Very smart children, despite their reputation for being ahead of their peers mentally, actually lag behind other kids in development of the "thinking" part of the brain, a new study says.
The brain's outer mantle, or cortex, gets thicker and then thins during childhood and the teen years. The study found that in kids with superior intelligence, the cortex reaches its thickest stage a few years later than in other children.
Nobody knows what causes that or how it relates to superior intelligence. But researchers said the finding does not rule out a role for environment such as intellectual stimulation in affecting a child's level of intelligence.
In fact, the brain's delay in thickening may promote higher intelligence because it means a child is older and processing more complex experiences while the cortex is building up, said study co-author Dr. Judith Rapoport.
Rapoport, with researcher Dr. Philip Shaw and others at the National Institute of Mental Health in Bethesda, Maryland, followed development of the cortex in 307 children. They used repeated magnetic resonance imaging (MRI) scans from childhood to the latter teens.
Results appear in Thursday's issue of the journal Nature. Researchers also found that despite the delayed schedule, the cortex thickens and thins faster in brilliant kids than in other children.
The overall findings are especially strong for cortex development in the front part of the brain and in a strip over the top of the head, areas where complex mental tasks are done, Shaw said.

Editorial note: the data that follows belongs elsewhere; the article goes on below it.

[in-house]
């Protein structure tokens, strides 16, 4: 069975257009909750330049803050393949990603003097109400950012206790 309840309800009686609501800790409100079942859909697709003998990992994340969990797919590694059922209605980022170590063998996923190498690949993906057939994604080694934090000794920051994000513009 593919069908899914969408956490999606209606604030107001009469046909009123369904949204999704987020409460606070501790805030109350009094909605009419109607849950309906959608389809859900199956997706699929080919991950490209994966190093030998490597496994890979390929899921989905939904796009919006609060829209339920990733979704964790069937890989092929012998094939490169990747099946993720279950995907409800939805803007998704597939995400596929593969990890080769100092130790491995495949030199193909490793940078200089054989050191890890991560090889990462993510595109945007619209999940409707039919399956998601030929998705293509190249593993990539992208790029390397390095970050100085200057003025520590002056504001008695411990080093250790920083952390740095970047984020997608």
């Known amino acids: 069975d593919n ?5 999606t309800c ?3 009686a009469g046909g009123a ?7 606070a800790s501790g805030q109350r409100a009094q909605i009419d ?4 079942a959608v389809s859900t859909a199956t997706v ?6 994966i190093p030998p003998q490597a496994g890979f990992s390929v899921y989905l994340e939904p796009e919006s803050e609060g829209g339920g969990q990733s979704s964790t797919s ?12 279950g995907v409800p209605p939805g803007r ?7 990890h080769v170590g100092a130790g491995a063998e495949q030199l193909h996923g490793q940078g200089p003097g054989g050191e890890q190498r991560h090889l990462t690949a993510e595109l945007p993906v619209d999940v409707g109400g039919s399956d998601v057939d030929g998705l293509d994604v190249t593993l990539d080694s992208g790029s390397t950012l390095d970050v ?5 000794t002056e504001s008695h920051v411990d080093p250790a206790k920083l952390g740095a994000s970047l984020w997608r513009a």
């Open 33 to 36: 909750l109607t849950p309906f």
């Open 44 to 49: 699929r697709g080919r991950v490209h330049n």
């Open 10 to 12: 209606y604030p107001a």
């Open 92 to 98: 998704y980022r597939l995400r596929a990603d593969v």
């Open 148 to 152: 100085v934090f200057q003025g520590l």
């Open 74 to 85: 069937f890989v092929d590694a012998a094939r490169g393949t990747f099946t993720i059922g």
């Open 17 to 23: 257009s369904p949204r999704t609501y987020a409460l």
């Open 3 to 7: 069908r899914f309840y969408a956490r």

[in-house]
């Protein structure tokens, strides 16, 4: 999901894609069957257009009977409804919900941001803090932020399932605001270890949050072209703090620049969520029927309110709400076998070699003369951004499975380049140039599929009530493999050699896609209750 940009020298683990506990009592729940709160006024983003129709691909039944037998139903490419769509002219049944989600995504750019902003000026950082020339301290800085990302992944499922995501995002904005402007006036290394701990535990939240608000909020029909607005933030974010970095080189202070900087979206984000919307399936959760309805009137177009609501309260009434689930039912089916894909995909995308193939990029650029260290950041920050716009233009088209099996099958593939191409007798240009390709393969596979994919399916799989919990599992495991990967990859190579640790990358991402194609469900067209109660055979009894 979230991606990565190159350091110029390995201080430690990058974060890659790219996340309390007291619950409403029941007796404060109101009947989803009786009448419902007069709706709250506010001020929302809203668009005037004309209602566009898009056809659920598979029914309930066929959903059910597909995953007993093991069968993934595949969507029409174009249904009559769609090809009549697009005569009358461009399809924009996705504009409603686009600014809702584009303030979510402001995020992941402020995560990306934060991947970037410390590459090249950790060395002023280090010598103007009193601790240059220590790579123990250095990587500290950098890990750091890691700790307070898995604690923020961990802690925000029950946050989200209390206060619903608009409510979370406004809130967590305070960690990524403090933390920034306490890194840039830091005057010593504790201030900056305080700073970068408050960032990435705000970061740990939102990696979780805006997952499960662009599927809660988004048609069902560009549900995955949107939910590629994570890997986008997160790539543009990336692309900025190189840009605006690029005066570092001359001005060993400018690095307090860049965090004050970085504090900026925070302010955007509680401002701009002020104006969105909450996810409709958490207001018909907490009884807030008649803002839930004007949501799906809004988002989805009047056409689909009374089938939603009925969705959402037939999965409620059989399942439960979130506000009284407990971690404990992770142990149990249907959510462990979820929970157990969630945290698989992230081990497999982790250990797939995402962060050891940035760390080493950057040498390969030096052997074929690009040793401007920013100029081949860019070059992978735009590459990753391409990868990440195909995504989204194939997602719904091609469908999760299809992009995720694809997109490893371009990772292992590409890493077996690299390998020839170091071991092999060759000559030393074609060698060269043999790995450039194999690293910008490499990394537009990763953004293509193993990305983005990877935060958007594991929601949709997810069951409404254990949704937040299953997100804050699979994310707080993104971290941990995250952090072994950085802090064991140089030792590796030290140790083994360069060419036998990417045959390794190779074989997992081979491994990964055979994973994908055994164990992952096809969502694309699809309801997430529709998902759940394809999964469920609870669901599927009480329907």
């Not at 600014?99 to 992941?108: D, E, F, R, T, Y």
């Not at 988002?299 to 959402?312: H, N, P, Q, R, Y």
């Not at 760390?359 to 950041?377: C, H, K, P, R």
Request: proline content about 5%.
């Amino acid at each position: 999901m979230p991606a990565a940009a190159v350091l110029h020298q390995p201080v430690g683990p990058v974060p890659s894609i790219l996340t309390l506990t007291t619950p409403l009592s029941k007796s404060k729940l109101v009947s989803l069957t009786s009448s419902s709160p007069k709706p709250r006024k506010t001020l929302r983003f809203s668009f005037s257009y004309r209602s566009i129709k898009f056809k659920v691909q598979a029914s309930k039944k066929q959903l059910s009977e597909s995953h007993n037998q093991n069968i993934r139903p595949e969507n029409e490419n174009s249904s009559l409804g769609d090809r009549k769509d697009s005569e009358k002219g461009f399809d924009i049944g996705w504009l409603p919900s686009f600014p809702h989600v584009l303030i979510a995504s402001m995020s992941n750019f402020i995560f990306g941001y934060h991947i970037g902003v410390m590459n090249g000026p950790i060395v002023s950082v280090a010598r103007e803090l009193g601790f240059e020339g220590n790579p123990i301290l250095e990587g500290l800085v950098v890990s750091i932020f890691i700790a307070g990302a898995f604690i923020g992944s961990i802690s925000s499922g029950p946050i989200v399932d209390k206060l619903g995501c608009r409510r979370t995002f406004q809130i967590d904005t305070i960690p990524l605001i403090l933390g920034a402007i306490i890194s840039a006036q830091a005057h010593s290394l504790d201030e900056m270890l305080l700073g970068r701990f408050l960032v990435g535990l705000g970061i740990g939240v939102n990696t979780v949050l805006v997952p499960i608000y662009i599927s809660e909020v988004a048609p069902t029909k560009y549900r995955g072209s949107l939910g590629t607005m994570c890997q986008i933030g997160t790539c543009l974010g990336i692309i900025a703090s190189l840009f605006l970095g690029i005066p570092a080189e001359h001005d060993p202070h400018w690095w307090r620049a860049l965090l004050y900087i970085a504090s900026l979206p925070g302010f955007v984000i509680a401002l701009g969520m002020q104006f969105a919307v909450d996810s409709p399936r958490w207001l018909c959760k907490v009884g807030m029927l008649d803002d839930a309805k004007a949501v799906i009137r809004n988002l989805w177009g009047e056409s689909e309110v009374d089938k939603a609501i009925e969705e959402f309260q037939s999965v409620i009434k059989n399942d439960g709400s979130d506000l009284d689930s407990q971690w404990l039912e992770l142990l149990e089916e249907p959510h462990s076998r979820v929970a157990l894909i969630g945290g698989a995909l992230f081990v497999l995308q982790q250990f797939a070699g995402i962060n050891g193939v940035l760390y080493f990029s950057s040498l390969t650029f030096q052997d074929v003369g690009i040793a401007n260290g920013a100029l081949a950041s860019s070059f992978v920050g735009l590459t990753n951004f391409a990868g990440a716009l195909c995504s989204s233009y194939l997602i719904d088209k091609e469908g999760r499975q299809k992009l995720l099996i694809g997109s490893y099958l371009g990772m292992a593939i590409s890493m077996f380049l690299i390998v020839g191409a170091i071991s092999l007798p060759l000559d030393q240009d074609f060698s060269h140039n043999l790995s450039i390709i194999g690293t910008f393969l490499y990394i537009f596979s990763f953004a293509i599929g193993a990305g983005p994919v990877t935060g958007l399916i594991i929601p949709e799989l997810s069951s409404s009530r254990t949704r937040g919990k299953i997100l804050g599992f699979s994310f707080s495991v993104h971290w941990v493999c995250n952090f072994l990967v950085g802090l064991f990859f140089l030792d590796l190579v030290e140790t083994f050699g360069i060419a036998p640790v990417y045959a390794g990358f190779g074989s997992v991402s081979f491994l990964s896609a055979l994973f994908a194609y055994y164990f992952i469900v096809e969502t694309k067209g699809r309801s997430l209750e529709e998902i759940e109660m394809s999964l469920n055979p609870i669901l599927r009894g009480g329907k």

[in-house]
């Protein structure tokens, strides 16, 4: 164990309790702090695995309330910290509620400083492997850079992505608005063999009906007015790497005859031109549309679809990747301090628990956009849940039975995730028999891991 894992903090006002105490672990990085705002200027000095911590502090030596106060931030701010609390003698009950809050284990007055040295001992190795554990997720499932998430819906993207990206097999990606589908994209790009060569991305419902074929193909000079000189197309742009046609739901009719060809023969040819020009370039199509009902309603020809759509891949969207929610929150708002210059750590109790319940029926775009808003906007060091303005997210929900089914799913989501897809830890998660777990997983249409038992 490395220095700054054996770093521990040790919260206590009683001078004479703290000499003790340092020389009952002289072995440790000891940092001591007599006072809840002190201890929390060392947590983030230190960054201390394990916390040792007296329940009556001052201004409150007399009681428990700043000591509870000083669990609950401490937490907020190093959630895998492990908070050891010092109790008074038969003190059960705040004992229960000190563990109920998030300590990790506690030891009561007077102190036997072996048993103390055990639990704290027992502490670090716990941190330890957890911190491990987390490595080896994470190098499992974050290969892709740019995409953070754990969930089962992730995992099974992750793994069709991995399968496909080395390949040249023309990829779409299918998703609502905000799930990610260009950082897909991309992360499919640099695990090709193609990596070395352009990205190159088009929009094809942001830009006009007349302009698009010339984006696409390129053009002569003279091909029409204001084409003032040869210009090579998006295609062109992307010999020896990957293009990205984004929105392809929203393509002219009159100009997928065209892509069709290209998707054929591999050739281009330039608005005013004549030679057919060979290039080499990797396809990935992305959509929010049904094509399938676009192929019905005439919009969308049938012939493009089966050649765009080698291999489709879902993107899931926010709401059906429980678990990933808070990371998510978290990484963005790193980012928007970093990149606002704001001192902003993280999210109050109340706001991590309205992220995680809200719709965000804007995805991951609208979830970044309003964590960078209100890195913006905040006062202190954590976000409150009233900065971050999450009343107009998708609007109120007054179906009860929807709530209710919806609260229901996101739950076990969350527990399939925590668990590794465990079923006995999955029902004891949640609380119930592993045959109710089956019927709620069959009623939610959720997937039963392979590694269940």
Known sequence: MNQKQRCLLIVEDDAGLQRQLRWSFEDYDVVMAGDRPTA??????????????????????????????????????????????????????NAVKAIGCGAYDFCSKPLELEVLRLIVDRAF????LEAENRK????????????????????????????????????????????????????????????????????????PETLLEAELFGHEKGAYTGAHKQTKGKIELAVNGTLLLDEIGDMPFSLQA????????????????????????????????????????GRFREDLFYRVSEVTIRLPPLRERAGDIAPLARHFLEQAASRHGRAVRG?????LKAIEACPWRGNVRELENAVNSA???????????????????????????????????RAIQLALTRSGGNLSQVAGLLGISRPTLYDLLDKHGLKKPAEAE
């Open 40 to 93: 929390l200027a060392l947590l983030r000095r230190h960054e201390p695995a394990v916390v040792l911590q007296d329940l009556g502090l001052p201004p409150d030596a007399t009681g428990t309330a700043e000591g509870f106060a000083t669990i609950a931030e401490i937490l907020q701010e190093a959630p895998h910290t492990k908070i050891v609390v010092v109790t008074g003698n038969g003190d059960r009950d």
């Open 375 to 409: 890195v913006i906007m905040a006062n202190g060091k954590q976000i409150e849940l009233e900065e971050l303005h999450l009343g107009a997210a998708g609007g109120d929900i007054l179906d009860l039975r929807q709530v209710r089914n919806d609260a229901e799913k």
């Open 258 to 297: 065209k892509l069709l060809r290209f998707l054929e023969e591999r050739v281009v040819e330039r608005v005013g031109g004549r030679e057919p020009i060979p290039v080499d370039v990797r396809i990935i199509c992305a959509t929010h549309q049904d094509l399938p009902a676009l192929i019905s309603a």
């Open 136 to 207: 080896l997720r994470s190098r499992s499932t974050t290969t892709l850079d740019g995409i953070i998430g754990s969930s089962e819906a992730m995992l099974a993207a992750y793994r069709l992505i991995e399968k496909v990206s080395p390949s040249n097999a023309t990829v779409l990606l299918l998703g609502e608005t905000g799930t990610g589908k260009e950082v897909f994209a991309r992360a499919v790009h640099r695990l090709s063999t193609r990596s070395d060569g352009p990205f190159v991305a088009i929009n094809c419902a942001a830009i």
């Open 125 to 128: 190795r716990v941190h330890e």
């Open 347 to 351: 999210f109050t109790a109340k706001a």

One analysis found the cortex in kids with the highest IQs 121 to 149 did not reach maximum thickness until age 11. Children who were just slightly less bright reached that point at age 9, and those with average intelligence at around 6. In all cases, the cortex later thinned as the children matured.
Nobody knows what's happening within the cortex to make it get thicker or thinner, Shaw said, so it's impossible to say why those changes would be related to intelligence. Brain development is influenced by intellectual stimulation, so that probably plays a role, he said.
The study findings are "certainly not a recipe for how to change intelligence," he said. Nor do they suggest that MRI scans can reveal how intelligent an individual child is, he said.
Elizabeth Sowell of the University of California, Los Angeles, who has studied cortex thickness in children, said she found the results convincing.
While the findings show that the pattern of cortex development is related to high intelligence, they can't show which is causing the other, she said.
She also said that by tracing out patterns of normal development, such studies help scientists understand what goes wrong in children with brain disorders, reports AP.
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